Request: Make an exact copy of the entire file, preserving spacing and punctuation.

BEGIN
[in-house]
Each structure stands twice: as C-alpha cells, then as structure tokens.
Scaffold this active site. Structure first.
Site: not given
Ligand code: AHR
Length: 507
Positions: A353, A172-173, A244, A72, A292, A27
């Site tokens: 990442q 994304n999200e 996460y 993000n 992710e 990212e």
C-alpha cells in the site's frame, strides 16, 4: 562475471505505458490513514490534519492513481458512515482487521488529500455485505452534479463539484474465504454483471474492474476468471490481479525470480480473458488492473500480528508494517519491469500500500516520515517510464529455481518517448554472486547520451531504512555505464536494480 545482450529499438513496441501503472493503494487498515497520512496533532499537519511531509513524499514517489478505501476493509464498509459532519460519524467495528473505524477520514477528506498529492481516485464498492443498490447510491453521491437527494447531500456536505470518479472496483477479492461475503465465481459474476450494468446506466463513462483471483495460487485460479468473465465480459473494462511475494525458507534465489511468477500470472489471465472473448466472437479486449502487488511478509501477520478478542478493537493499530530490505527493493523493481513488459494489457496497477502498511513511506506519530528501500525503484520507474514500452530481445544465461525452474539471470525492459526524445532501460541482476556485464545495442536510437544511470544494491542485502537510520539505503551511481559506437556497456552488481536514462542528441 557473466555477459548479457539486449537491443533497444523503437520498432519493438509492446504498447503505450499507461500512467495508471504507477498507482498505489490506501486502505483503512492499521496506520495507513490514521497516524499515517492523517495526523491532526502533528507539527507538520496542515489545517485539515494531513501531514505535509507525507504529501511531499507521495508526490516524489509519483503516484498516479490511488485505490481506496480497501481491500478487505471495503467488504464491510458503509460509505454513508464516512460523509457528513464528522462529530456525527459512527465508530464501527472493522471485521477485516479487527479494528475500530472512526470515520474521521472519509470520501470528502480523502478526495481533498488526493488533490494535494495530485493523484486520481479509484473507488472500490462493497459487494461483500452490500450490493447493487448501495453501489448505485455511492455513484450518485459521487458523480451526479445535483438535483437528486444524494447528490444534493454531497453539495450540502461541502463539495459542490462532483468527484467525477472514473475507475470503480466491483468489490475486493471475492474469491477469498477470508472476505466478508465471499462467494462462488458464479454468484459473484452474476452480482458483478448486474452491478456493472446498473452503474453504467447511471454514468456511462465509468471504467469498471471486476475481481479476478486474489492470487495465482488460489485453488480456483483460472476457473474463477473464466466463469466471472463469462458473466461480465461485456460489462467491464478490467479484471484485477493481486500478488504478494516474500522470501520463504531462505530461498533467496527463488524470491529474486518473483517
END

[in-house]
Each structure stands twice: as C-alpha cells, then as structure tokens.
Scaffold this active site. Structure first.
Site: not given
Ligand code: AHR
Length: 507
Positions: A353, A172-173, A244, A72, A292, A27
């Site tokens: 990442q 994304n999200e 996460y 993000n 992710e 990212e």
C-alpha cells in the site's frame, strides 16, 4: 562475471505505458490513514490534519492513481458512515482487521488529500455485505452534479463539484474465504454483471474492474476468471490481479525470480480473458488492473500480528508494517519491469500500500516520515517510464529455481518517448554472486547520451531504512555505464536494480 545482450529499438513496441501503472493503494487498515497520512496533532499537519511531509513524499514517489478505501476493509464498509459532519460519524467495528473505524477520514477528506498529492481516485464498492443498490447510491453521491437527494447531500456536505470518479472496483477479492461475503465465481459474476450494468446506466463513462483471483495460487485460479468473465465480459473494462511475494525458507534465489511468477500470472489471465472473448466472437479486449502487488511478509501477520478478542478493537493499530530490505527493493523493481513488459494489457496497477502498511513511506506519530528501500525503484520507474514500452530481445544465461525452474539471470525492459526524445532501460541482476556485464545495442536510437544511470544494491542485502537510520539505503551511481559506437556497456552488481536514462542528441 557473466555477459548479457539486449537491443533497444523503437520498432519493438509492446504498447503505450499507461500512467495508471504507477498507482498505489490506501486502505483503512492499521496506520495507513490514521497516524499515517492523517495526523491532526502533528507539527507538520496542515489545517485539515494531513501531514505535509507525507504529501511531499507521495508526490516524489509519483503516484498516479490511488485505490481506496480497501481491500478487505471495503467488504464491510458503509460509505454513508464516512460523509457528513464528522462529530456525527459512527465508530464501527472493522471485521477485516479487527479494528475500530472512526470515520474521521472519509470520501470528502480523502478526495481533498488526493488533490494535494495530485493523484486520481479509484473507488472500490462493497459487494461483500452490500450490493447493487448501495453501489448505485455511492455513484450518485459521487458523480451526479445535483438535483437528486444524494447528490444534493454531497453539495450540502461541502463539495459542490462532483468527484467525477472514473475507475470503480466491483468489490475486493471475492474469491477469498477470508472476505466478508465471499462467494462462488458464479454468484459473484452474476452480482458483478448486474452491478456493472446498473452503474453504467447511471454514468456511462465509468471504467469498471471486476475481481479476478486474489492470487495465482488460489485453488480456483483460472476457473474463477473464466466463469466471472463469462458473466461480465461485456460489462467491464478490467479484471484485477493481486500478488504478494516474500522470501520463504531462505530461498533467496527463488524470491529474486518473483517